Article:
I. On the age of the slave. One can easily understand that old slaves are worth much less in America than young ones, so that these are not bought by the ship’s commanders, especially when there is a surplus; should it for some reason occur sometimes, it is usually for a reduced price. No coquette at home is so concerned with her hairdressing as the negro merchants are with the old slaves they want to sell, to smarten them up and make them look good. They are washed, rubbed, oiled and shaved; the grey hairs are painted or pulled out, both from the beard and from the head; they receive a lot of food and drink, and, in one word, all possible means are used to reduce the appearance of old age, and to, if possible, hide it completely, if only once. It does not seldom happen that an inexperienced surgeon might take a slave of 50. or 60. years to have only reached 30. or 40. years, which he only finds out after a few days. Therefore, at examination he needs to carefully check for the aforementioned artificial means employed by the negro merchants; he should, with all possible attention, check whether the hair is painted, he should wash it in some places to find the deceit, and should suspect something amiss when bald places are found on the head. For the rest he should also pay attention to the slackness of the breasts of the women, to wrinkles of the skin, whether the slave is missing teeth, etc., in order to find out the true age as nearly as possible. These precautions are unnecessary for the examination of a boy, or immature slave, which can be seen at first glance.
2. On the face of the slave. A negro who is deficient in one or both eyes, reducing his sight, is worth very little; a ship’s commander would never buy a blind slave, thinking that he would never be able to sell it in America. External discomforts such as fistula of the eye, festering of the eyeball, pearls on the same, cataracts and other eye ailments can be easily found from observation alone; the blindness which arises from an illness called gutta serena, or blockage of the facial nerve, is most difficult to recognize, because this ailment can be present without any visible deficiency showing in the eyes, which are affected. Therefore the surgeon must needs be careful in his examination; he should ensure, through tests and trials, that the slave can see from both his eyes; and this is easiest to do, if one covers one eye with a hand, and then pretends to poke the other eye with a finger. The slave will immediately close his eye, which is a sure sign that he can see from it. This test needs to be done to both eyes. Failing such careful attention, one runs the danger of buying a slave who can only see through one eye (e); and this will only be discovered when the slave is sold in America, where he will again be examined by a surgeon, who, through daily practice in this examination, has obtained more vigilance and skill.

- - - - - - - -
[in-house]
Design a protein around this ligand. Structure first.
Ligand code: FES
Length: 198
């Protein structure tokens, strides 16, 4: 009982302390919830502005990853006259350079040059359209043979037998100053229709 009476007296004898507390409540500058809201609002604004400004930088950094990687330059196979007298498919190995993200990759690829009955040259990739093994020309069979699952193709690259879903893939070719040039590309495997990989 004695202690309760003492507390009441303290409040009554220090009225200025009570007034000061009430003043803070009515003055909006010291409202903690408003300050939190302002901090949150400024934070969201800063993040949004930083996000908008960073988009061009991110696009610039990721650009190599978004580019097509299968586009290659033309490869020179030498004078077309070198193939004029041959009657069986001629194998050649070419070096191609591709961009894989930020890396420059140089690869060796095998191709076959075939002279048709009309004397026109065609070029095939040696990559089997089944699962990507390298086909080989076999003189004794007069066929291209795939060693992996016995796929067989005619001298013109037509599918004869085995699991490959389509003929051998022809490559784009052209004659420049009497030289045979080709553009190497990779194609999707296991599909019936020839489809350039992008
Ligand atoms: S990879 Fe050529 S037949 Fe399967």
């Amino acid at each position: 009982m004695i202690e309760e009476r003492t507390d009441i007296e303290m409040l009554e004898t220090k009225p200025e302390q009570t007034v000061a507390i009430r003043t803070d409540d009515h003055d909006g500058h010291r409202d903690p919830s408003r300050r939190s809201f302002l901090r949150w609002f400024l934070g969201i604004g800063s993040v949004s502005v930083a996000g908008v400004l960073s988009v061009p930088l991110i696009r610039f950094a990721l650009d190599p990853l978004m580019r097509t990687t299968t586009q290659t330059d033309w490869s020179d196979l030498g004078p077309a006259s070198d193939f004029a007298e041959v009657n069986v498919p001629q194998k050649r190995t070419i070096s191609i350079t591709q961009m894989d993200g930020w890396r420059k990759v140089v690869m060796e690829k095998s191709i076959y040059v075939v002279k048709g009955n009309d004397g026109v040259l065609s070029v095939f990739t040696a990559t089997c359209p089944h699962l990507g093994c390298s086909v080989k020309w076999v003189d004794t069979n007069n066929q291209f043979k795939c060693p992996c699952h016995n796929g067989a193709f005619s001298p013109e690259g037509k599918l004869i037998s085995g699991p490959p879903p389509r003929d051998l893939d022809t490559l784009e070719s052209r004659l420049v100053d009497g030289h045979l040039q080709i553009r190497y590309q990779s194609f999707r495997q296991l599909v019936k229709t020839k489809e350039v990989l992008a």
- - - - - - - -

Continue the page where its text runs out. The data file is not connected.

3. On the speech and hearing of the slave. One can easily understand that a deaf or dumb slave is worth little to no money, and that it would be very unpleasant and damaging, for both the surgeon and the commander, if they had the ill fortune to buy a slave who was both deaf and dumb: yet this is not without example. The surgeon should therefore pay careful attention to these defects. It is essential that he should hear the slave speak, as well as observe whether the merchant is required to shout loudly to make the slave speak. I had a case once where I was examining a dumb slave, brought by the merchant, and I would certainly have approved him since he looked uncommonly good, if he didn’t have this flaw. When I ordered the merchant to make the negro speak, he shouted as much as he could to force him to it, but all in vain, for the slave did not speak, at which the merchant was very much surprised, arguing that it was only stubbornness since he did not want to be sold to the white men. I however did not let myself be fooled by this pretense. I later learned that the slave was indeed dumb, and that he had been sold to a Portuguese ship, which sailed by shortly after. By chance I afterwards came aboard aforementioned ship, where the captain told me that he had bought a dumb slave, with which he was at a loss as what to do. I cite this example only to show how careful one has to be in this trade.